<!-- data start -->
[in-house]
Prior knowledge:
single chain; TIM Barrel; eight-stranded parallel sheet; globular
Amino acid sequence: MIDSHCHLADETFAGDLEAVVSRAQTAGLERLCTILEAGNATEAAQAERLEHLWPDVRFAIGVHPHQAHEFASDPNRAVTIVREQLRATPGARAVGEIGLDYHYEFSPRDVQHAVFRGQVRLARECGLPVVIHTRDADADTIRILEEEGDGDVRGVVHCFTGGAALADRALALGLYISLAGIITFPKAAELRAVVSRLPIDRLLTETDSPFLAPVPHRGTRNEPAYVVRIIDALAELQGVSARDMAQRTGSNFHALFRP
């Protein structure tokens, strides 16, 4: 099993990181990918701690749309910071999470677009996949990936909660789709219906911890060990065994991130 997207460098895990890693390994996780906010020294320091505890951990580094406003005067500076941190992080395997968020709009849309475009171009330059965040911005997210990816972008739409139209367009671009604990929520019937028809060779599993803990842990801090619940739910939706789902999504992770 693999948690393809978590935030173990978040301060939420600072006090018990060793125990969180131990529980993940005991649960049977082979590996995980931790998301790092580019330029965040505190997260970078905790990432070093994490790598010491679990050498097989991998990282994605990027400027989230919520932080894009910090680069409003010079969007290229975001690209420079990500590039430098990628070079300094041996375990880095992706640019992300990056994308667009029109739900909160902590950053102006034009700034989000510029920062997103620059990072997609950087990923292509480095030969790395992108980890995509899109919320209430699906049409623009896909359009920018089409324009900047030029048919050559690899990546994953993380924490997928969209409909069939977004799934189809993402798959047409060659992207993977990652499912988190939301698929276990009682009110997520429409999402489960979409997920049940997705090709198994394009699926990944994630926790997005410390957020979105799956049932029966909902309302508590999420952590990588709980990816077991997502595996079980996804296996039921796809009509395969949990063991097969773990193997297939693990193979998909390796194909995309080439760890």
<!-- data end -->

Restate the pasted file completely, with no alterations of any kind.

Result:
[in-house]
Prior knowledge:
single chain; TIM Barrel; eight-stranded parallel sheet; globular
Amino acid sequence: MIDSHCHLADETFAGDLEAVVSRAQTAGLERLCTILEAGNATEAAQAERLEHLWPDVRFAIGVHPHQAHEFASDPNRAVTIVREQLRATPGARAVGEIGLDYHYEFSPRDVQHAVFRGQVRLARECGLPVVIHTRDADADTIRILEEEGDGDVRGVVHCFTGGAALADRALALGLYISLAGIITFPKAAELRAVVSRLPIDRLLTETDSPFLAPVPHRGTRNEPAYVVRIIDALAELQGVSARDMAQRTGSNFHALFRP
């Protein structure tokens, strides 16, 4: 099993990181990918701690749309910071999470677009996949990936909660789709219906911890060990065994991130 997207460098895990890693390994996780906010020294320091505890951990580094406003005067500076941190992080395997968020709009849309475009171009330059965040911005997210990816972008739409139209367009671009604990929520019937028809060779599993803990842990801090619940739910939706789902999504992770 693999948690393809978590935030173990978040301060939420600072006090018990060793125990969180131990529980993940005991649960049977082979590996995980931790998301790092580019330029965040505190997260970078905790990432070093994490790598010491679990050498097989991998990282994605990027400027989230919520932080894009910090680069409003010079969007290229975001690209420079990500590039430098990628070079300094041996375990880095992706640019992300990056994308667009029109739900909160902590950053102006034009700034989000510029920062997103620059990072997609950087990923292509480095030969790395992108980890995509899109919320209430699906049409623009896909359009920018089409324009900047030029048919050559690899990546994953993380924490997928969209409909069939977004799934189809993402798959047409060659992207993977990652499912988190939301698929276990009682009110997520429409999402489960979409997920049940997705090709198994394009699926990944994630926790997005410390957020979105799956049932029966909902309302508590999420952590990588709980990816077991997502595996079980996804296996039921796809009509395969949990063991097969773990193997297939693990193979998909390796194909995309080439760890």